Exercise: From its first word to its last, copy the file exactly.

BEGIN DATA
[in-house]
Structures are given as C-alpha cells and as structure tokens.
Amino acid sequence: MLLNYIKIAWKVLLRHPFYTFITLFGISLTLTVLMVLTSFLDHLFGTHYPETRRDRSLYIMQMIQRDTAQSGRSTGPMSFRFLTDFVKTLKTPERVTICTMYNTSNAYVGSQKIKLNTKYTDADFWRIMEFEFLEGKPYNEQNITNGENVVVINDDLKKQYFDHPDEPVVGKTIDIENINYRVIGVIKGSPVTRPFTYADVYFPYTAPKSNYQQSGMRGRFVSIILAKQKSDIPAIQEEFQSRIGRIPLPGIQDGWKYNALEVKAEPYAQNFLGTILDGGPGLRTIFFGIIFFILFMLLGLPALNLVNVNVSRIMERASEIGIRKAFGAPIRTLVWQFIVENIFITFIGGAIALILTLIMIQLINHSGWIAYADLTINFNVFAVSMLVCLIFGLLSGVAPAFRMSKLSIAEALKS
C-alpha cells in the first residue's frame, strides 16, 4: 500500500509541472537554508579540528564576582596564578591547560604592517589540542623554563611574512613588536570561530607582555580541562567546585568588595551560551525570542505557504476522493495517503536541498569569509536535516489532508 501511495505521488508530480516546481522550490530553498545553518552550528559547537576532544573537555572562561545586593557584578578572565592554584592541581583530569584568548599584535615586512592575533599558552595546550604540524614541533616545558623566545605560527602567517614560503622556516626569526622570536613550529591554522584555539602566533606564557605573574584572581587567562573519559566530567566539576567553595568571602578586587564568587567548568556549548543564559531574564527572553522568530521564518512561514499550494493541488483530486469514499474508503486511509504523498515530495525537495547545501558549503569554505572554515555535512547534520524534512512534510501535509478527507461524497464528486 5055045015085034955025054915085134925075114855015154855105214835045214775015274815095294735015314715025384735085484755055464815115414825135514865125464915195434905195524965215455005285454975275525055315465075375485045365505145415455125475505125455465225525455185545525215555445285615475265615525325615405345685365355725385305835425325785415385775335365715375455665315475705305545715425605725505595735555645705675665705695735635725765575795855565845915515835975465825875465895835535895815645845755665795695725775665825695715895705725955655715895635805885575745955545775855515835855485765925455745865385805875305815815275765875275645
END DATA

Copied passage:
[in-house]
Structures are given as C-alpha cells and as structure tokens.
Amino acid sequence: MLLNYIKIAWKVLLRHPFYTFITLFGISLTLTVLMVLTSFLDHLFGTHYPETRRDRSLYIMQMIQRDTAQSGRSTGPMSFRFLTDFVKTLKTPERVTICTMYNTSNAYVGSQKIKLNTKYTDADFWRIMEFEFLEGKPYNEQNITNGENVVVINDDLKKQYFDHPDEPVVGKTIDIENINYRVIGVIKGSPVTRPFTYADVYFPYTAPKSNYQQSGMRGRFVSIILAKQKSDIPAIQEEFQSRIGRIPLPGIQDGWKYNALEVKAEPYAQNFLGTILDGGPGLRTIFFGIIFFILFMLLGLPALNLVNVNVSRIMERASEIGIRKAFGAPIRTLVWQFIVENIFITFIGGAIALILTLIMIQLINHSGWIAYADLTINFNVFAVSMLVCLIFGLLSGVAPAFRMSKLSIAEALKS
C-alpha cells in the first residue's frame, strides 16, 4: 500500500509541472537554508579540528564576582596564578591547560604592517589540542623554563611574512613588536570561530607582555580541562567546585568588595551560551525570542505557504476522493495517503536541498569569509536535516489532508 501511495505521488508530480516546481522550490530553498545553518552550528559547537576532544573537555572562561545586593557584578578572565592554584592541581583530569584568548599584535615586512592575533599558552595546550604540524614541533616545558623566545605560527602567517614560503622556516626569526622570536613550529591554522584555539602566533606564557605573574584572581587567562573519559566530567566539576567553595568571602578586587564568587567548568556549548543564559531574564527572553522568530521564518512561514499550494493541488483530486469514499474508503486511509504523498515530495525537495547545501558549503569554505572554515555535512547534520524534512512534510501535509478527507461524497464528486 5055045015085034955025054915085134925075114855015154855105214835045214775015274815095294735015314715025384735085484755055464815115414825135514865125464915195434905195524965215455005285454975275525055315465075375485045365505145415455125475505125455465225525455185545525215555445285615475265615525325615405345685365355725385305835425325785415385775335365715375455665315475705305545715425605725505595735555645705675665705695735635725765575795855565845915515835975465825875465895835535895815645845755665795695725775665825695715895705725955655715895635805885575745955545775855515835855485765925455745865385805875305815815275765875275645